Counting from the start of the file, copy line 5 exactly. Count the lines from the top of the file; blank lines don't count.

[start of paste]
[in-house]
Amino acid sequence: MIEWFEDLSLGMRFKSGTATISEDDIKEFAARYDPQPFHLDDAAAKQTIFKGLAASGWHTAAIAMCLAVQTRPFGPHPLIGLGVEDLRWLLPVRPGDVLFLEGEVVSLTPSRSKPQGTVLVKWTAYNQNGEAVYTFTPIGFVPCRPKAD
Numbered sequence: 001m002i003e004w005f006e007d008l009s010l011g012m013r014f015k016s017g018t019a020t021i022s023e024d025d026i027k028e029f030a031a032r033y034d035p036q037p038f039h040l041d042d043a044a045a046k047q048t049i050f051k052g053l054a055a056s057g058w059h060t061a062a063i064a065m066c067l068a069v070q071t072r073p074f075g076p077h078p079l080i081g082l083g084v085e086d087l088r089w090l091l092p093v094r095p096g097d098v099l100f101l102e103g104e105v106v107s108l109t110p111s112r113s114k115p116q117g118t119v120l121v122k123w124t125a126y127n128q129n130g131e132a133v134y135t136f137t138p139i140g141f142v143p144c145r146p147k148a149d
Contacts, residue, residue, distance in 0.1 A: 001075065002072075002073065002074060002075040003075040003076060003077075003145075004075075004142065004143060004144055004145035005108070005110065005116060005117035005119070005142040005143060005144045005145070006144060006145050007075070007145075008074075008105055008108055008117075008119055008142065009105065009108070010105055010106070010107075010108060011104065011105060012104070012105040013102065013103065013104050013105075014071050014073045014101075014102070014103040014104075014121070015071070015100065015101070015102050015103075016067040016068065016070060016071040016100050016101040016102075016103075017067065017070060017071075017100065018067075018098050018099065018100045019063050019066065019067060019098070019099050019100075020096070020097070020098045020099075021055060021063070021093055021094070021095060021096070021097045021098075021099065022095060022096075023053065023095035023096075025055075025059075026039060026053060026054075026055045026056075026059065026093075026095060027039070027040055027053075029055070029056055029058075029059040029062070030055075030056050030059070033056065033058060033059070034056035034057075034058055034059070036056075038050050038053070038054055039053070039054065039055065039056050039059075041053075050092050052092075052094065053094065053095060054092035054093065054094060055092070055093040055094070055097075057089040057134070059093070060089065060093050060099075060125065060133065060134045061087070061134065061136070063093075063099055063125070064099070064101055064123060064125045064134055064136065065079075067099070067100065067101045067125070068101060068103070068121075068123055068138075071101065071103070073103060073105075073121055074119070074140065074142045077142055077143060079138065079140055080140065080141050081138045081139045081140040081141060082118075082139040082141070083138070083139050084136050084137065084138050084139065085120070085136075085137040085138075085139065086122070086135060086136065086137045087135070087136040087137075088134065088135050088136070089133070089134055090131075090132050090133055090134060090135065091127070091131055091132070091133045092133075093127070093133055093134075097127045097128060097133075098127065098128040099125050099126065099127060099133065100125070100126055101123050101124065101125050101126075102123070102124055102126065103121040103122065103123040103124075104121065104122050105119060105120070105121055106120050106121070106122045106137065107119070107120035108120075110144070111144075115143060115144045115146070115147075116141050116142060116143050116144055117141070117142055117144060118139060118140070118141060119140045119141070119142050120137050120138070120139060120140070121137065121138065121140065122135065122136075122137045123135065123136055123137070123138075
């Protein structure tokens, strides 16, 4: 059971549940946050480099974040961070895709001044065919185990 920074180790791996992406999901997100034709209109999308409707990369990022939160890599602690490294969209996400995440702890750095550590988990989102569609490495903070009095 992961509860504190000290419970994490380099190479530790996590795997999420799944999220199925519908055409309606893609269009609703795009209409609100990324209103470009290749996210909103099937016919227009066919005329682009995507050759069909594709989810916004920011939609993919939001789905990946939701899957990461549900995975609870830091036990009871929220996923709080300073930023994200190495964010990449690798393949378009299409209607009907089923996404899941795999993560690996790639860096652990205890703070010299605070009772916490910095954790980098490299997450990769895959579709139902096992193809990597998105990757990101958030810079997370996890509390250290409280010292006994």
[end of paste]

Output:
């Protein structure tokens, strides 16, 4: 059971549940946050480099974040961070895709001044065919185990 920074180790791996992406999901997100034709209109999308409707990369990022939160890599602690490294969209996400995440702890750095550590988990989102569609490495903070009095 992961509860504190000290419970994490380099190479530790996590795997999420799944999220199925519908055409309606893609269009609703795009209409609100990324209103470009290749996210909103099937016919227009066919005329682009995507050759069909594709989810916004920011939609993919939001789905990946939701899957990461549900995975609870830091036990009871929220996923709080300073930023994200190495964010990449690798393949378009299409209607009907089923996404899941795999993560690996790639860096652990205890703070010299605070009772916490910095954790980098490299997450990769895959579709139902096992193809990597998105990757990101958030810079997370996890509390250290409280010292006994």